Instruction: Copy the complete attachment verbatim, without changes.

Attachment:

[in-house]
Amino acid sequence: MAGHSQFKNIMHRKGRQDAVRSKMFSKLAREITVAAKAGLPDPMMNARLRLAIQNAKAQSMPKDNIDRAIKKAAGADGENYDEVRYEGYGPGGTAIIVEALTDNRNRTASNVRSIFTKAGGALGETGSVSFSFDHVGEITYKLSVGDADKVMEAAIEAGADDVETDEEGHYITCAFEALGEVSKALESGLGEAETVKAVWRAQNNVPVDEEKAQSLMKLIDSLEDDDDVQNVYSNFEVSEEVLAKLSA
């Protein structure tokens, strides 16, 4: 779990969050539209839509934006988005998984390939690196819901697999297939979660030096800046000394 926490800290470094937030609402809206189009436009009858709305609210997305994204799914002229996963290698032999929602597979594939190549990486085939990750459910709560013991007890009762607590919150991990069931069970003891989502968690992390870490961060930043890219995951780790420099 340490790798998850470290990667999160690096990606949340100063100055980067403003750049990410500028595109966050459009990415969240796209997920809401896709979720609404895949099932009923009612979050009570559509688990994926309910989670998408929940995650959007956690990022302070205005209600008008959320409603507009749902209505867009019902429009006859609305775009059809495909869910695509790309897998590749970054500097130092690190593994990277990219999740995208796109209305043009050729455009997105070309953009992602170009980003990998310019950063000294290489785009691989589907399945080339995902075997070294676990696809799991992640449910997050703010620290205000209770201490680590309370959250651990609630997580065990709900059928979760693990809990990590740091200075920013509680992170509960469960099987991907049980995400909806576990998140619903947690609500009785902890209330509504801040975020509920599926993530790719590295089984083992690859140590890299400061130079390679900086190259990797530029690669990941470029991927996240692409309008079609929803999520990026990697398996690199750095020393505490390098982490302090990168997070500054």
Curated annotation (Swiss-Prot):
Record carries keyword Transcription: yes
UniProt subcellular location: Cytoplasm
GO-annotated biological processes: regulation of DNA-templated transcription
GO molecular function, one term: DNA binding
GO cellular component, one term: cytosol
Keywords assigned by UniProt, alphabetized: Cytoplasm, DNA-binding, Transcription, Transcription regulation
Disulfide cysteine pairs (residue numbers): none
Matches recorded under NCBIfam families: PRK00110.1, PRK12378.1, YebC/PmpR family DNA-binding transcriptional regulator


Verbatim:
[in-house]
Amino acid sequence: MAGHSQFKNIMHRKGRQDAVRSKMFSKLAREITVAAKAGLPDPMMNARLRLAIQNAKAQSMPKDNIDRAIKKAAGADGENYDEVRYEGYGPGGTAIIVEALTDNRNRTASNVRSIFTKAGGALGETGSVSFSFDHVGEITYKLSVGDADKVMEAAIEAGADDVETDEEGHYITCAFEALGEVSKALESGLGEAETVKAVWRAQNNVPVDEEKAQSLMKLIDSLEDDDDVQNVYSNFEVSEEVLAKLSA
């Protein structure tokens, strides 16, 4: 779990969050539209839509934006988005998984390939690196819901697999297939979660030096800046000394 926490800290470094937030609402809206189009436009009858709305609210997305994204799914002229996963290698032999929602597979594939190549990486085939990750459910709560013991007890009762607590919150991990069931069970003891989502968690992390870490961060930043890219995951780790420099 340490790798998850470290990667999160690096990606949340100063100055980067403003750049990410500028595109966050459009990415969240796209997920809401896709979720609404895949099932009923009612979050009570559509688990994926309910989670998408929940995650959007956690990022302070205005209600008008959320409603507009749902209505867009019902429009006859609305775009059809495909869910695509790309897998590749970054500097130092690190593994990277990219999740995208796109209305043009050729455009997105070309953009992602170009980003990998310019950063000294290489785009691989589907399945080339995902075997070294676990696809799991992640449910997050703010620290205000209770201490680590309370959250651990609630997580065990709900059928979760693990809990990590740091200075920013509680992170509960469960099987991907049980995400909806576990998140619903947690609500009785902890209330509504801040975020509920599926993530790719590295089984083992690859140590890299400061130079390679900086190259990797530029690669990941470029991927996240692409309008079609929803999520990026990697398996690199750095020393505490390098982490302090990168997070500054």
Curated annotation (Swiss-Prot):
Record carries keyword Transcription: yes
UniProt subcellular location: Cytoplasm
GO-annotated biological processes: regulation of DNA-templated transcription
GO molecular function, one term: DNA binding
GO cellular component, one term: cytosol
Keywords assigned by UniProt, alphabetized: Cytoplasm, DNA-binding, Transcription, Transcription regulation
Disulfide cysteine pairs (residue numbers): none
Matches recorded under NCBIfam families: PRK00110.1, PRK12378.1, YebC/PmpR family DNA-binding transcriptional regulator